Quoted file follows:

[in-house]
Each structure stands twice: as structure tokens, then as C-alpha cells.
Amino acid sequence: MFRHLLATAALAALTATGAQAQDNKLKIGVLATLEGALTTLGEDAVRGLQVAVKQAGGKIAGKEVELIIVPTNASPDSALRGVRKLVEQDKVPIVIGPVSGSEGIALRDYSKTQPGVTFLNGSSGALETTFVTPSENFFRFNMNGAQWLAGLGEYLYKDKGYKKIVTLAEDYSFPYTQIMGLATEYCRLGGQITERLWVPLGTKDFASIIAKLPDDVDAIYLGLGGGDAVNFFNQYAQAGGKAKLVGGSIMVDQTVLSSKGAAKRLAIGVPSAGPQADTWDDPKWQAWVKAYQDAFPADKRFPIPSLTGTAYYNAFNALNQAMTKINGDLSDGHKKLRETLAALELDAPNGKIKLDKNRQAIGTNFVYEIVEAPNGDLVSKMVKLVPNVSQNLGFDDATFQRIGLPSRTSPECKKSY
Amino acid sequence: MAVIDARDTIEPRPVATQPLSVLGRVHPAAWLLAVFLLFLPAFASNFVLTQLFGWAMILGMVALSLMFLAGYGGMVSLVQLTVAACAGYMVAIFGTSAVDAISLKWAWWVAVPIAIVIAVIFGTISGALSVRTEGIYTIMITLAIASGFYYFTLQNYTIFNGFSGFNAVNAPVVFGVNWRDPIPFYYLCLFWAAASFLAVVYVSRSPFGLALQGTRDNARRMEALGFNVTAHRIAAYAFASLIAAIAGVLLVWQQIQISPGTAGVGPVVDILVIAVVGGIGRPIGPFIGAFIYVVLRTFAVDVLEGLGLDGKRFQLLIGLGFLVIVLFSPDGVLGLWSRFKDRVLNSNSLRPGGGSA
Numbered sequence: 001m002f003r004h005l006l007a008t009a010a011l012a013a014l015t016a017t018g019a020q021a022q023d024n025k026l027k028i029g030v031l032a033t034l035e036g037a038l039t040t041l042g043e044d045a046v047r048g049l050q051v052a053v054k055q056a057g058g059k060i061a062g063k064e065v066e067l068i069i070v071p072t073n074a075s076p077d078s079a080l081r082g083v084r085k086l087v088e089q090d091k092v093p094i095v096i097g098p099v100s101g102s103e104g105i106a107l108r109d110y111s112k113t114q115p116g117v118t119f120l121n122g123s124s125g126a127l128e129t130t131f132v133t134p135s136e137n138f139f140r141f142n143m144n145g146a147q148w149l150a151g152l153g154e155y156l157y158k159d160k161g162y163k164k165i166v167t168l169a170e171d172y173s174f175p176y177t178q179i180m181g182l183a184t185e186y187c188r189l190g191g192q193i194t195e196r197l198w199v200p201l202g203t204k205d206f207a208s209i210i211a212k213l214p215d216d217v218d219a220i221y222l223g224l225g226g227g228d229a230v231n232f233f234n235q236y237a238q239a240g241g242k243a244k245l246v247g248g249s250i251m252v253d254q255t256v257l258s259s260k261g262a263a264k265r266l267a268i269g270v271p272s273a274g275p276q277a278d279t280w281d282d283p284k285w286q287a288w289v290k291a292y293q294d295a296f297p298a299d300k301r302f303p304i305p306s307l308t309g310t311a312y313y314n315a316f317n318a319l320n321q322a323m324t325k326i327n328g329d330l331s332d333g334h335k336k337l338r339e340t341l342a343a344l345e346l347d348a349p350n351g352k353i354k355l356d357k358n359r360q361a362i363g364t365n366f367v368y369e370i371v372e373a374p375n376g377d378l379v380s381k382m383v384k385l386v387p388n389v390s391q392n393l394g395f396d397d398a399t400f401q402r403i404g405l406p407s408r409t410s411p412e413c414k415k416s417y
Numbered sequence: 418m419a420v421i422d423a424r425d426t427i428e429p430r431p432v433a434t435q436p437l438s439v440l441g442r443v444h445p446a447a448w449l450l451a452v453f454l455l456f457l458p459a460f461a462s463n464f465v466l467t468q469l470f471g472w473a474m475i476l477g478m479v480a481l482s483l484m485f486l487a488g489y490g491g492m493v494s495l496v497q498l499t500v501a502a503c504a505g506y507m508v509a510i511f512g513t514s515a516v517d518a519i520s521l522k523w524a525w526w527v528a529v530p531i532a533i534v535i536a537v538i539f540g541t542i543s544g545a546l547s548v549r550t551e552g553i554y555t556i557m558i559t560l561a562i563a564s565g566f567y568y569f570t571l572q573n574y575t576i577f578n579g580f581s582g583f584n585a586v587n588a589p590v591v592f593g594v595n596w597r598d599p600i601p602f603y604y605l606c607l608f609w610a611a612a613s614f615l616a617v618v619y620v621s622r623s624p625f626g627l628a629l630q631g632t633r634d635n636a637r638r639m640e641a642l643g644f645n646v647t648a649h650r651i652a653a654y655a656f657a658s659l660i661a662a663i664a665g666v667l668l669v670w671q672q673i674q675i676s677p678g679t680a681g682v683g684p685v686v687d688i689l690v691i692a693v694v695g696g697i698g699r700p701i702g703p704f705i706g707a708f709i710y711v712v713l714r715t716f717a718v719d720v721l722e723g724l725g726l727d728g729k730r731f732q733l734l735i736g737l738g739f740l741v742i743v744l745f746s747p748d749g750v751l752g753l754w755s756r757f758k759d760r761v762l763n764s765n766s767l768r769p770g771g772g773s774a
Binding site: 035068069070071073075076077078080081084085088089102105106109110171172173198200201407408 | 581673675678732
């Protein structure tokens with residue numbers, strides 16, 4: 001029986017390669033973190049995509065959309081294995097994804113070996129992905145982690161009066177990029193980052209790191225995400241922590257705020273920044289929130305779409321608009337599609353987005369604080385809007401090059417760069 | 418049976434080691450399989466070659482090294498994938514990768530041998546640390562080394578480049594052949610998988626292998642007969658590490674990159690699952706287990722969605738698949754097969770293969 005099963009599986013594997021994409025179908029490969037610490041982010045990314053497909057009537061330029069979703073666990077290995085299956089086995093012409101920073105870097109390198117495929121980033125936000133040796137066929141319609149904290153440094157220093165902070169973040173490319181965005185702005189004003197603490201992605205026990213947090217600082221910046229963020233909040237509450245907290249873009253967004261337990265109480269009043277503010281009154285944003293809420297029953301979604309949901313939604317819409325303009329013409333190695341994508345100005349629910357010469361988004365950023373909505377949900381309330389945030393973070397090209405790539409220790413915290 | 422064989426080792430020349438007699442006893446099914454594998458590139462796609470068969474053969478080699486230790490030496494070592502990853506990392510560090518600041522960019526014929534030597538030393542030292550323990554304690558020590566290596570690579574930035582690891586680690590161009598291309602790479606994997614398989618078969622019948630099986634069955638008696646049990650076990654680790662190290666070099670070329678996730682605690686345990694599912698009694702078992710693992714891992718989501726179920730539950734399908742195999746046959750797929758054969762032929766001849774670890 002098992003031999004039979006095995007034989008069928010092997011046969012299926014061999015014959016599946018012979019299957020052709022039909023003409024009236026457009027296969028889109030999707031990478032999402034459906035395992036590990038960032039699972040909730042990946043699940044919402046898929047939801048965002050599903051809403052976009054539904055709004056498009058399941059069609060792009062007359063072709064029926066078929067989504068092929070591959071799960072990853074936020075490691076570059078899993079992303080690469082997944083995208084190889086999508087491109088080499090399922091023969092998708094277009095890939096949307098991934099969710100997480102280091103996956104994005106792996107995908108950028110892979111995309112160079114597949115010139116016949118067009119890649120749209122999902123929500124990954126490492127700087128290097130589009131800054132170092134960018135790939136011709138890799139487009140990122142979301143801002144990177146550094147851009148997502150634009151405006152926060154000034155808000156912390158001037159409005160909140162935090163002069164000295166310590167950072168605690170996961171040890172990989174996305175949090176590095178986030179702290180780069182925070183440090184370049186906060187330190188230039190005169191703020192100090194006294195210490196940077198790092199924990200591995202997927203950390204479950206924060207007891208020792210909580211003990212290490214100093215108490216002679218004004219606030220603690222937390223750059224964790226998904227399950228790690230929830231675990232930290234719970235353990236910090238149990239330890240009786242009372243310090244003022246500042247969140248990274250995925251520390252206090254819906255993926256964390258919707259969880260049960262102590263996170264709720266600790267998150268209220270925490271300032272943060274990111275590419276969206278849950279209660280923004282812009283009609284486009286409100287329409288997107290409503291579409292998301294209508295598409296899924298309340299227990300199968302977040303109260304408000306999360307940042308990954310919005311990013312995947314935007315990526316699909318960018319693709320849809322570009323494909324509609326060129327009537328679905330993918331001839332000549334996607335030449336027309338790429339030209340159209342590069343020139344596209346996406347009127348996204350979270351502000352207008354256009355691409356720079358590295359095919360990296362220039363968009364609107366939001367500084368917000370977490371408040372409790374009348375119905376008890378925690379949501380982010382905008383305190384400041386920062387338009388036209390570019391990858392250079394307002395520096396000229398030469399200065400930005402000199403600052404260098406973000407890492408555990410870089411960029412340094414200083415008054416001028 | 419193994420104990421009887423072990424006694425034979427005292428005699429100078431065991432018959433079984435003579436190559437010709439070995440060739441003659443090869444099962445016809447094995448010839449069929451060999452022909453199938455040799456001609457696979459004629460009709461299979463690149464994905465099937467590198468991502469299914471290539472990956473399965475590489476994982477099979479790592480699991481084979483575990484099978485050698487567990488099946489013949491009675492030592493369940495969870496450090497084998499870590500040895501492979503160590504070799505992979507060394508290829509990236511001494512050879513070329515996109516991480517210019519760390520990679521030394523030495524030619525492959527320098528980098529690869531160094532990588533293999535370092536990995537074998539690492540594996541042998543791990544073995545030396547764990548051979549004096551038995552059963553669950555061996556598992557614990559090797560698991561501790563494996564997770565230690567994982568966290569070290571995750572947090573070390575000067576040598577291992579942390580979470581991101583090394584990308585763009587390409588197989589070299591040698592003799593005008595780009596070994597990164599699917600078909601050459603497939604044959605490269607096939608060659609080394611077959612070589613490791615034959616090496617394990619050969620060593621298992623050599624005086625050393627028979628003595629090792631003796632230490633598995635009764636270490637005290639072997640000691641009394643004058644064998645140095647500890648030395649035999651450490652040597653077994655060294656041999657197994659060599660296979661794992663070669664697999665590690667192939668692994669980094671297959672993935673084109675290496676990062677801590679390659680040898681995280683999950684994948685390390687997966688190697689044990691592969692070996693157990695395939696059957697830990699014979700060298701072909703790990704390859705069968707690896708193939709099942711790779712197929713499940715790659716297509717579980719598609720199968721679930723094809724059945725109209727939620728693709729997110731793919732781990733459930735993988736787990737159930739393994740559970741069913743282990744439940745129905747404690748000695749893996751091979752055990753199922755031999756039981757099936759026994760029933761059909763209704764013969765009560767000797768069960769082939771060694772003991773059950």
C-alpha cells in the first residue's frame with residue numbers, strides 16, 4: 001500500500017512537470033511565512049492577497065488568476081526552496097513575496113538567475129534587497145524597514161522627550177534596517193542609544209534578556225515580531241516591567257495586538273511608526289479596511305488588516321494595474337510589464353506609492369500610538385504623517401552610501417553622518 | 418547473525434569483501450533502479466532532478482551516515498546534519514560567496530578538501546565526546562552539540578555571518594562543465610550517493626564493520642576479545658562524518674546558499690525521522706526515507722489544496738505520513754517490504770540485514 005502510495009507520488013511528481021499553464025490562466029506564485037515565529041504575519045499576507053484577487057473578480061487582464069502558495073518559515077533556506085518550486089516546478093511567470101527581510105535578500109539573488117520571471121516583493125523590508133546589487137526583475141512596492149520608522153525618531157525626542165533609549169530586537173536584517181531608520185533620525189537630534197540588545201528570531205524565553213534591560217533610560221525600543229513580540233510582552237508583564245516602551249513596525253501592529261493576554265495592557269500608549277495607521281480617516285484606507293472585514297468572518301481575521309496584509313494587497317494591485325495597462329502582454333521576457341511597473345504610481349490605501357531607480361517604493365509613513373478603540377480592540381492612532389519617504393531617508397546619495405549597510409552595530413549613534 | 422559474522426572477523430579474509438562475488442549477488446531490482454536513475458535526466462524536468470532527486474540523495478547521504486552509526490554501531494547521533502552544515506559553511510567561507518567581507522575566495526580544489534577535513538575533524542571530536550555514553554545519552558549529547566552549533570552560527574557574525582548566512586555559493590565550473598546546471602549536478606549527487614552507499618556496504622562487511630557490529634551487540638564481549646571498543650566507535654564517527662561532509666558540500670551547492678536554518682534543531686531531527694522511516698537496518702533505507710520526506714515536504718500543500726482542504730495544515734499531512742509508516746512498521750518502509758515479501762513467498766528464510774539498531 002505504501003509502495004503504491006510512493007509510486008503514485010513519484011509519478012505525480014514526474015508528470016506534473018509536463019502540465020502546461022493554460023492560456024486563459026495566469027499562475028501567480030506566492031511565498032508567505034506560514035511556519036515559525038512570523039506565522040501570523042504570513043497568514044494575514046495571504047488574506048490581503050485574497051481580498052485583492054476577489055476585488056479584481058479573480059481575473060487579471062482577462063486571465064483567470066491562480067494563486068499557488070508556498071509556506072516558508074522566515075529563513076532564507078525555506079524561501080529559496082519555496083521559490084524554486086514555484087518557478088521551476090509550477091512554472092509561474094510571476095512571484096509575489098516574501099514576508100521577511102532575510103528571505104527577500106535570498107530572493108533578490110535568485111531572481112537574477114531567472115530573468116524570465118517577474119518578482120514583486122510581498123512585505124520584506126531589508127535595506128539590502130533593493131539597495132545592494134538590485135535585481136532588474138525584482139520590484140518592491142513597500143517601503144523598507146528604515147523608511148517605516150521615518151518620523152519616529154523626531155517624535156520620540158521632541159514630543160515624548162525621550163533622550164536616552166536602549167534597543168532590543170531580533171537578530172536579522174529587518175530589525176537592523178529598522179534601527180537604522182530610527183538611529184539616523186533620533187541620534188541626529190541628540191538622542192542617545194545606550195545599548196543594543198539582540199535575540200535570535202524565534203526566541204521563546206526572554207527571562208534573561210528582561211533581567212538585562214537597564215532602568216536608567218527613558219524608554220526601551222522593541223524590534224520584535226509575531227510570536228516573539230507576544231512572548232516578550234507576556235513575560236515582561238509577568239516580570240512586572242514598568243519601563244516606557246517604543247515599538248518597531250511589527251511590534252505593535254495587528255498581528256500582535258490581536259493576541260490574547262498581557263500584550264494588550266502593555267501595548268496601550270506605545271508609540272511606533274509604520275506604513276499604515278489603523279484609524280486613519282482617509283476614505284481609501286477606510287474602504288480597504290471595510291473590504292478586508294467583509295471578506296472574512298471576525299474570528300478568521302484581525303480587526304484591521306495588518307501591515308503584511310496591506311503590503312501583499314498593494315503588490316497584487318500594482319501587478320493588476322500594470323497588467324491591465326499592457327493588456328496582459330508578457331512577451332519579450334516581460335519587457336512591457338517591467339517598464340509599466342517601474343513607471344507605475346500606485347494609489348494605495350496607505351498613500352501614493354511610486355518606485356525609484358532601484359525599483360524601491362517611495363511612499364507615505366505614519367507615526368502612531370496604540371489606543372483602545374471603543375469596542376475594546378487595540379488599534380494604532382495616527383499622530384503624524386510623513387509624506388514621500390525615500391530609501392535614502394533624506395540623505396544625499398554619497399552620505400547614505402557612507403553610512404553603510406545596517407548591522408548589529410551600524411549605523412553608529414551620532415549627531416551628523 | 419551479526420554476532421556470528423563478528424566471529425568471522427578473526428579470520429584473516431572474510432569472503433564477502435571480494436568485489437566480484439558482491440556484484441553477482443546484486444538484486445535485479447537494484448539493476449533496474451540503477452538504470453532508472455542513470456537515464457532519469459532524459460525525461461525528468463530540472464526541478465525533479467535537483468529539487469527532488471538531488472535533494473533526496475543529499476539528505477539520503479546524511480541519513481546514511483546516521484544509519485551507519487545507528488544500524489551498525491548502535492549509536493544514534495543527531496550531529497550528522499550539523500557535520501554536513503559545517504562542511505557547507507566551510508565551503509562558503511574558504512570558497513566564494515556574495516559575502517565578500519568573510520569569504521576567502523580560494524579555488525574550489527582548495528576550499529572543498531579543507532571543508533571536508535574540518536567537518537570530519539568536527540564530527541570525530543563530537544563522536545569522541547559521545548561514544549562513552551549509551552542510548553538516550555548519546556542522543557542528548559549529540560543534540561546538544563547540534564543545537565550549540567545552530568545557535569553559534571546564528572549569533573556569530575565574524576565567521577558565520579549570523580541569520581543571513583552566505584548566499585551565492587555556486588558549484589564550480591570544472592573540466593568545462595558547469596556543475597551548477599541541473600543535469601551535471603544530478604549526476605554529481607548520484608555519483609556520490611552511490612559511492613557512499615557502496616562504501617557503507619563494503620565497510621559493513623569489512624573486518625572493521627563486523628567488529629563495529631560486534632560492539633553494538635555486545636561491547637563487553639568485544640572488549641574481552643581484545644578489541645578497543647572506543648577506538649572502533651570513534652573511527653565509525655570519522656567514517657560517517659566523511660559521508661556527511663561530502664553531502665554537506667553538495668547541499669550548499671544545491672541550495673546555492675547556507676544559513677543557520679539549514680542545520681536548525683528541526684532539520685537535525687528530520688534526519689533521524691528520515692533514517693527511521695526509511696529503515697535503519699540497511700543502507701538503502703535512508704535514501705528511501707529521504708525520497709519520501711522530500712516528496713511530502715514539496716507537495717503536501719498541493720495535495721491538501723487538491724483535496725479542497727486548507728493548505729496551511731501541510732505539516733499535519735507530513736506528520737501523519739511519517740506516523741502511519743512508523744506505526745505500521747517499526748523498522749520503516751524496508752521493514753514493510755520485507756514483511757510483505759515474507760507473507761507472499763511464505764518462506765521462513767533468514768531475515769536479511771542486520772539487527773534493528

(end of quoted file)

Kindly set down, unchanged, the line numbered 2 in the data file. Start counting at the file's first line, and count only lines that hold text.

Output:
Each structure stands twice: as structure tokens, then as C-alpha cells.